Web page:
4-Mar-04 3:00 PM  CST

CCP Responds to Profession’s Input on Pharmacy Tech Education & Training Standards



In February 2003, ACPE widely distributed an invitation to comment, and over 100 comments were received. ACPE delivered a compilation of the submissions and a summary of the ten open hearings, held at national pharmacy meetings during 2003, to CCP at CCP’s regular quarterly meeting on February 24, 2004. CCP members and invited representatives from non-member groups, including the National Association of Chain Drug Stores, the National Community Pharmacists Association, and the Institute for the Advancement of Community Pharmacy reviewed and discussed the submitted comments at length.



CCP acknowledged that the appropriate utilization of supportive personnel has become a critical part of the delivery of quality pharmaceutical care in virtually all settings today.

The submitted comments generally reflected this conclusion, although there was lack of consensus on the best ways to train and utilize such supportive personnel in pharmacy currently and in the future. It was clear that there remains much variation in definitions of levels of supportive personnel, including technicians, and of their roles in different settings.


CCP concluded that there is a need for better understanding and consensus on what this type of pharmacy employee is expected to know and to do in a variety of settings. It was noted that the Pharmacy Technician Certification Board is about to embark on an update of the practice analysis for Certified Pharmacy Technicians (CPhT). That process is designed to validate a comprehensive description of the work of CPhTs, including the functional areas and responsibilities in which they engage, and the knowledge required. Some excellent models of training programs are available currently for supportive personnel in pharmacy. Many of the submitted comments suggested that continued elevation of the abilities of technical personnel is vital to elevating the pharmacist’s ability to deliver pharmaceutical care most effectively and efficiently, and is dependent on the quality of education and training available to those individuals. CCP believes that additional dialogue is needed to explore whether the present systems of education and training could be improved.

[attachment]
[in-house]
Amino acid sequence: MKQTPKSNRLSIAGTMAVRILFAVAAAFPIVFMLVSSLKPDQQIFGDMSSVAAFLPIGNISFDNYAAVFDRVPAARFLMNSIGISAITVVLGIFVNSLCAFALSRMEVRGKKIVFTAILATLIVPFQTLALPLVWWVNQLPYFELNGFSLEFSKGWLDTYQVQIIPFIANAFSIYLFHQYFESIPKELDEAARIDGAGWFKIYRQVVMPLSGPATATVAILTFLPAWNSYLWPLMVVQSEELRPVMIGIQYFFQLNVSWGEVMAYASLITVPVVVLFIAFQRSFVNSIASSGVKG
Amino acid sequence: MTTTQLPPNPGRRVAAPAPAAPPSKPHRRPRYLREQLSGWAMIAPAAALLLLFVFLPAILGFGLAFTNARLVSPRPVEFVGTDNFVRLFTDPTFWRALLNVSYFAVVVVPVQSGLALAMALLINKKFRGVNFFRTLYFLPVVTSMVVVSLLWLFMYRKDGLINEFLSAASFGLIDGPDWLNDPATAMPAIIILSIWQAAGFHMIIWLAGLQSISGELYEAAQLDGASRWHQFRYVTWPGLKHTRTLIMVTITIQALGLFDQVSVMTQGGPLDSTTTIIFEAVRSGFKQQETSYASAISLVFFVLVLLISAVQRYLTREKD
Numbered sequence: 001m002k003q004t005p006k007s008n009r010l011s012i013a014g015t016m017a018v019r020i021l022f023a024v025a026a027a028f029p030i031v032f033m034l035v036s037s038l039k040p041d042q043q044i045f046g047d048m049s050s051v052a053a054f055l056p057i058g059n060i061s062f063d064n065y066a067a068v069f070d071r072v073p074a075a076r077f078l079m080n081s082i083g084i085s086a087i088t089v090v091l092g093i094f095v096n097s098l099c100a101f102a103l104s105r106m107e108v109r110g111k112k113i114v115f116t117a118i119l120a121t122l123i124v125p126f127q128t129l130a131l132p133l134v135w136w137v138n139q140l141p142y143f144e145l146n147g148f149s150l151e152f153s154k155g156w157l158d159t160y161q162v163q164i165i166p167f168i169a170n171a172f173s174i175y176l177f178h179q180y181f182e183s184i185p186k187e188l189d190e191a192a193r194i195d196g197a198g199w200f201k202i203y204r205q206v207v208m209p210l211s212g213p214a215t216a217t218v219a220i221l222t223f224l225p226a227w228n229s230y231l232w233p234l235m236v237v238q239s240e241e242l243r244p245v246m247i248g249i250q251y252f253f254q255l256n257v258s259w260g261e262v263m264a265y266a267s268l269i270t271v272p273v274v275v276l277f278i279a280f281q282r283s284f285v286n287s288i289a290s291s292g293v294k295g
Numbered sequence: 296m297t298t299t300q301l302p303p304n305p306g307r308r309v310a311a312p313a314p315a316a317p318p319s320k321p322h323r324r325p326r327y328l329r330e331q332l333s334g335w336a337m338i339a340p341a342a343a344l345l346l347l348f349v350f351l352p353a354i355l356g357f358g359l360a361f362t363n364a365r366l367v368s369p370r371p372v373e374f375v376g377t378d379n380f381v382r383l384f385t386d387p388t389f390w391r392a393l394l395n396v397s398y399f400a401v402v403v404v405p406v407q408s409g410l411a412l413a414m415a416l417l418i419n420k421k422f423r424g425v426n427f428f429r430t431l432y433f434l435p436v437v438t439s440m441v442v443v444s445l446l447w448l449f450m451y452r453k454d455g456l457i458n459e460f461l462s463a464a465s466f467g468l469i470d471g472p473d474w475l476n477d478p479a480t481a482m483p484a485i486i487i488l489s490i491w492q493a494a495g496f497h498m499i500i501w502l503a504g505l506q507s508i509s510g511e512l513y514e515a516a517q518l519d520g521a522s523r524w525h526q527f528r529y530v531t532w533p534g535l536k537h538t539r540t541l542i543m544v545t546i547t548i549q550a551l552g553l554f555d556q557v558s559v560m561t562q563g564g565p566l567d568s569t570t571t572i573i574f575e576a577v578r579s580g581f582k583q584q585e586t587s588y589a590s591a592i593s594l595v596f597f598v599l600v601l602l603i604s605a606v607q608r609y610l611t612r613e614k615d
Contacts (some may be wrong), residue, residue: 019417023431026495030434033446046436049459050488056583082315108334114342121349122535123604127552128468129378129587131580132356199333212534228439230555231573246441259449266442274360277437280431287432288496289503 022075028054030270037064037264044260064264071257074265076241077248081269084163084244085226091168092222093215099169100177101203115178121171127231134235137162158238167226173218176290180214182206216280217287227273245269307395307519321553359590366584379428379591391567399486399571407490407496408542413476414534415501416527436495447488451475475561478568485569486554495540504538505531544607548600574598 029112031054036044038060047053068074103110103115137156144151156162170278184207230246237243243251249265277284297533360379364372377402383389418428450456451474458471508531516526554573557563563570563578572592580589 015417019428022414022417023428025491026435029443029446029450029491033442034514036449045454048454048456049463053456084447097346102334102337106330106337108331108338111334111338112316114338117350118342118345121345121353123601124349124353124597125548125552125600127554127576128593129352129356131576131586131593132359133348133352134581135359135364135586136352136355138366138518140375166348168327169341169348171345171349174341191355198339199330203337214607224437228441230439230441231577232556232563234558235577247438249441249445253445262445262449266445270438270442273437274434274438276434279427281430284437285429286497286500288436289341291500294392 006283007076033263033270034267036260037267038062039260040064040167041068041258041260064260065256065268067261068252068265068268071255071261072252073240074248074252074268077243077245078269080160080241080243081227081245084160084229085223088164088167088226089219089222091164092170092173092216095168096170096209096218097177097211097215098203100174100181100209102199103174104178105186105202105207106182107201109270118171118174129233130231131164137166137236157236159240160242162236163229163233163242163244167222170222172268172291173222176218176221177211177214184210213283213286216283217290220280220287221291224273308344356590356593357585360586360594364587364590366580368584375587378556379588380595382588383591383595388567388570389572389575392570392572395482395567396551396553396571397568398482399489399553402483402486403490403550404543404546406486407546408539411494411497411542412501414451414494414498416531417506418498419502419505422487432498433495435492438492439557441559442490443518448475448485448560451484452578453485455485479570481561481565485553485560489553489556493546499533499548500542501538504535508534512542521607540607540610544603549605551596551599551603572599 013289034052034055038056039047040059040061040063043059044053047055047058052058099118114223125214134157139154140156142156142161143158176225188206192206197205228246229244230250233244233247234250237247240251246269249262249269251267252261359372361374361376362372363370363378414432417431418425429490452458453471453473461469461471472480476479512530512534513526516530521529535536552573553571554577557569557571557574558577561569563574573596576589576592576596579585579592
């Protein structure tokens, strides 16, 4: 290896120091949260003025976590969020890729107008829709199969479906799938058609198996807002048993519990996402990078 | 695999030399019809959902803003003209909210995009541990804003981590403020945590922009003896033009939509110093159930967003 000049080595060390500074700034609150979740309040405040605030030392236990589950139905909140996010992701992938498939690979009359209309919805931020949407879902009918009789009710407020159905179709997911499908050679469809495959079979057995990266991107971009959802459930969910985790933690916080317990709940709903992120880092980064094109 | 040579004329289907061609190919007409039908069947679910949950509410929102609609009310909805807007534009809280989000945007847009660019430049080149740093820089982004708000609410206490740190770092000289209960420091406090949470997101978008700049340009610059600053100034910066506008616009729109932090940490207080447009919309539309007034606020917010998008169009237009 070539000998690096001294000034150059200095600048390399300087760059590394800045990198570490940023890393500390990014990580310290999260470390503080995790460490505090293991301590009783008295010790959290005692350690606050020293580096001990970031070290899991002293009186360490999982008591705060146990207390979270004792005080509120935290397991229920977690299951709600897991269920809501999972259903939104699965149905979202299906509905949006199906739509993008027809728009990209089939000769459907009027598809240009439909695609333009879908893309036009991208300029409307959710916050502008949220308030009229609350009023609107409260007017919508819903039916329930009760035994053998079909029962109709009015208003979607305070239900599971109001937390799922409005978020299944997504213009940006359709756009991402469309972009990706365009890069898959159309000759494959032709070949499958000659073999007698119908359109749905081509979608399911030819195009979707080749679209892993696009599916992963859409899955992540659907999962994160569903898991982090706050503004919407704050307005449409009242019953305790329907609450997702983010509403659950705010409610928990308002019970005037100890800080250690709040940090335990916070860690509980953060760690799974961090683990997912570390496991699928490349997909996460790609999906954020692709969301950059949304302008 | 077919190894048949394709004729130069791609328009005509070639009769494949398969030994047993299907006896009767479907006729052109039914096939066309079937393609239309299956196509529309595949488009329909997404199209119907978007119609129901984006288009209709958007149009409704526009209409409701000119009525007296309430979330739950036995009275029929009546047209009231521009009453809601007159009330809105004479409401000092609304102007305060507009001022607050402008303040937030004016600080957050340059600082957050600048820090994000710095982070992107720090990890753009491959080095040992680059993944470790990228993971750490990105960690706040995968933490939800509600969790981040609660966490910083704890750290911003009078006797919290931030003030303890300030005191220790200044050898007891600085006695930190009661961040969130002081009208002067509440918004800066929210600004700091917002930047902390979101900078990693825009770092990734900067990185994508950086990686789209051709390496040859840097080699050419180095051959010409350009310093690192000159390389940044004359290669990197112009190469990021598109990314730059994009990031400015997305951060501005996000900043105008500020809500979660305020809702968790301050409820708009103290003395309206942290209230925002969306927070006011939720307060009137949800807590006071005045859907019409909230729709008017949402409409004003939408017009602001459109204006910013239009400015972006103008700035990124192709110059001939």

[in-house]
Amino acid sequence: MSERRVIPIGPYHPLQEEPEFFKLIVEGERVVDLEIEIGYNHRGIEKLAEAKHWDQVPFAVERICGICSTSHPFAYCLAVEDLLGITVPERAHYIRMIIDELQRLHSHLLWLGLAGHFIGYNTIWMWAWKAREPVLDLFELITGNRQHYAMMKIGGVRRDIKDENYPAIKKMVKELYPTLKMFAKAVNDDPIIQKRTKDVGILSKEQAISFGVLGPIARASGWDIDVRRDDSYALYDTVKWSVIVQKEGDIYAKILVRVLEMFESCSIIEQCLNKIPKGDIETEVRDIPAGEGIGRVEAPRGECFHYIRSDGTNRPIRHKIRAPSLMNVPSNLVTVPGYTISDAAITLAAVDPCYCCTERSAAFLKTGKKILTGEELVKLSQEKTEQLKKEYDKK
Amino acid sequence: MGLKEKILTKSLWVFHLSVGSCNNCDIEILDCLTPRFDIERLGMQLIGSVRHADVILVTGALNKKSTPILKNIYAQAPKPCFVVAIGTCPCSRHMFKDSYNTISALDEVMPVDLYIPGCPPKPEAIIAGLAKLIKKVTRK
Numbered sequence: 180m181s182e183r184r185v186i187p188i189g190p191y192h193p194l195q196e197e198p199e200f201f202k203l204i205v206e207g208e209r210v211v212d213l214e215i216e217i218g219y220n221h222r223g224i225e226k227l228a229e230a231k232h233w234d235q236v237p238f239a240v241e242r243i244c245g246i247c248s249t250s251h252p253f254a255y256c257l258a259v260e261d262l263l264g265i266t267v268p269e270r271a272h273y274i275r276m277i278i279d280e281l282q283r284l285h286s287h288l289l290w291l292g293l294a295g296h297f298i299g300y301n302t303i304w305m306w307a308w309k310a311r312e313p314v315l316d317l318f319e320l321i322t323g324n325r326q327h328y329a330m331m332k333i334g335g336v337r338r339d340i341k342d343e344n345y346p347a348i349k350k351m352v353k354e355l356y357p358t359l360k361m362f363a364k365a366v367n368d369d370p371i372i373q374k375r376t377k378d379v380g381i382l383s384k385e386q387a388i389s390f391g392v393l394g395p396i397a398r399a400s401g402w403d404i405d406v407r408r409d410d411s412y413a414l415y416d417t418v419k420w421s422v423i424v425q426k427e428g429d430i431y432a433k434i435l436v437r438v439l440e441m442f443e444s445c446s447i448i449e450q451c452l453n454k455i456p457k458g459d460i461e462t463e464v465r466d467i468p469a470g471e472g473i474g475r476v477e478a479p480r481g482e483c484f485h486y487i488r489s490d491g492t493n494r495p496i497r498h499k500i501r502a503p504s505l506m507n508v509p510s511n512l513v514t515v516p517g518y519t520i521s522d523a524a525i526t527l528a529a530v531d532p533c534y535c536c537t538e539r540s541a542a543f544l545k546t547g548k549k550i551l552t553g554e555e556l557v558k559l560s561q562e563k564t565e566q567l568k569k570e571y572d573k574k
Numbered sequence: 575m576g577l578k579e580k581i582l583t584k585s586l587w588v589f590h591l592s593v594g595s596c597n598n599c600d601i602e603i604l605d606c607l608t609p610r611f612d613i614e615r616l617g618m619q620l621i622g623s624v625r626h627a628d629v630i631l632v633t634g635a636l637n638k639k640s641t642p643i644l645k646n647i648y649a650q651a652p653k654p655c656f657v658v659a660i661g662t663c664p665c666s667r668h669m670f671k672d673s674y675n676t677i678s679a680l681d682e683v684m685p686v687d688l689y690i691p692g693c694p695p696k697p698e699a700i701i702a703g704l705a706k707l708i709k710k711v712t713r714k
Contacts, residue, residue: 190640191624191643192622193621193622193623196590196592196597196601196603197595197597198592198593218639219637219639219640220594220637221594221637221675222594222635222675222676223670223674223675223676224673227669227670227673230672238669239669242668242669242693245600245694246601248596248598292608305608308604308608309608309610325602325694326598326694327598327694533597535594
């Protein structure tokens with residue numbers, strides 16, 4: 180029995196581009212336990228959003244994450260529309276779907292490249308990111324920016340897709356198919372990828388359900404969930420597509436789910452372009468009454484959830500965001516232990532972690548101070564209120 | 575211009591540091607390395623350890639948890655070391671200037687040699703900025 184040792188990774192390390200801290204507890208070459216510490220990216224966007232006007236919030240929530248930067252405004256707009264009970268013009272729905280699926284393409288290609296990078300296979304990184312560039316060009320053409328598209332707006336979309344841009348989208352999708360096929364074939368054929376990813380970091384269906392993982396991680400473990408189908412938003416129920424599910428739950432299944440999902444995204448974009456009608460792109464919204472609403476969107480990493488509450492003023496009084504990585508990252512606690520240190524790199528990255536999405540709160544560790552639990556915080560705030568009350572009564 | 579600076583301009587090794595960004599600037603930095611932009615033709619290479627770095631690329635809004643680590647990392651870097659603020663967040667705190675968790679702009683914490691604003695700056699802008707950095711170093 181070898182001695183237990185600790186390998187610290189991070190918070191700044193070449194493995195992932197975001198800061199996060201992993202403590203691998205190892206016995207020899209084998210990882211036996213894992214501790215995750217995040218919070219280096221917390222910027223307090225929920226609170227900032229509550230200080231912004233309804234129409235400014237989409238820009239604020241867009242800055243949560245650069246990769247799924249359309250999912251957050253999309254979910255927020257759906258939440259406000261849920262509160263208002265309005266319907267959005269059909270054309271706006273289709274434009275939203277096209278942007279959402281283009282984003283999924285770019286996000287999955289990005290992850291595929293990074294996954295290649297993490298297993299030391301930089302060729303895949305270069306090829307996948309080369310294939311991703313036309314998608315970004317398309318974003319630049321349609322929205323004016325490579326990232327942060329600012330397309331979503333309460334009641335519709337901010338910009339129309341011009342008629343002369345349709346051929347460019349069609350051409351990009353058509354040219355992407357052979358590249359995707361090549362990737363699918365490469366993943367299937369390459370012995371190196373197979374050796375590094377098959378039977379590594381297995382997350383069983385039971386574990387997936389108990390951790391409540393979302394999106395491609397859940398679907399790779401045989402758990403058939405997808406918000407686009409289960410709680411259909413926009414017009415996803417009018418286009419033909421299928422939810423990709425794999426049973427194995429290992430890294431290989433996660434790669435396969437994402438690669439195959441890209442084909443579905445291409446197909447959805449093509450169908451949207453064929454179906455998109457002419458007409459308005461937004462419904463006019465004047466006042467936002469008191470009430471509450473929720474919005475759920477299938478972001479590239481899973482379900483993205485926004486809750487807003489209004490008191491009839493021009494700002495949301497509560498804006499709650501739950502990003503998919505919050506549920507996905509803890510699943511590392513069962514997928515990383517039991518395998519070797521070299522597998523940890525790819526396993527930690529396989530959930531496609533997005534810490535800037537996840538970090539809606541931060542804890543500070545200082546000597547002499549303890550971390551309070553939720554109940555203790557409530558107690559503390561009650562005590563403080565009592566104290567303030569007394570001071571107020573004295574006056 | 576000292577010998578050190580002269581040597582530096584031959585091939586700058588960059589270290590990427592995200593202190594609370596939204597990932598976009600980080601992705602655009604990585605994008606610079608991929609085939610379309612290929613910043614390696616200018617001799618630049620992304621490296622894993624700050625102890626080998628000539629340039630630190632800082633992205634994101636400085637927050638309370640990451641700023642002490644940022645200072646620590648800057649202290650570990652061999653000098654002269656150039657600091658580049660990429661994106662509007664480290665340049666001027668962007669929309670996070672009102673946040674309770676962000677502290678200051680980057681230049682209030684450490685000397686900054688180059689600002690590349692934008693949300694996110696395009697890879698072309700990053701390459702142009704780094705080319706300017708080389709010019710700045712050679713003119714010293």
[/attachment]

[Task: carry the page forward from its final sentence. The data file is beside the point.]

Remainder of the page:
CCP recommended that the pharmacy profession as a whole continue to engage in dialog about the roles and qualifications of technicians and other supportive personnel. It is important that this topic not be dropped, but rather escalated to the highest levels of the profession, in consultation with the public and others concerned with the efficient provision of high quality health care. Accordingly, CCP will request that the Joint Commission of Pharmacy Practitioners emphasize this issue in its current strategic planning process and conduct or commission further exploration and action on the topic. Members of CCP will remain available to assist in the credentialing-  related aspects of this process, including development of definitions.


In order to make the valuable information obtained through this exercise available to those interested in this topic, CCP will post background information, including the call for comments, and the full compilation of comments submitted in PDF format on its web site. This information may be accessed after March 8, 2004, by selecting “Pharmacy Technician Education Discussion Materials” on the CCP home page: www.pharmacycredentialing.org.




For additional information on this article, please contact:
C. Edwin Webb
(202) 756-2227
Source: NPTAnews/CCP Press Release  

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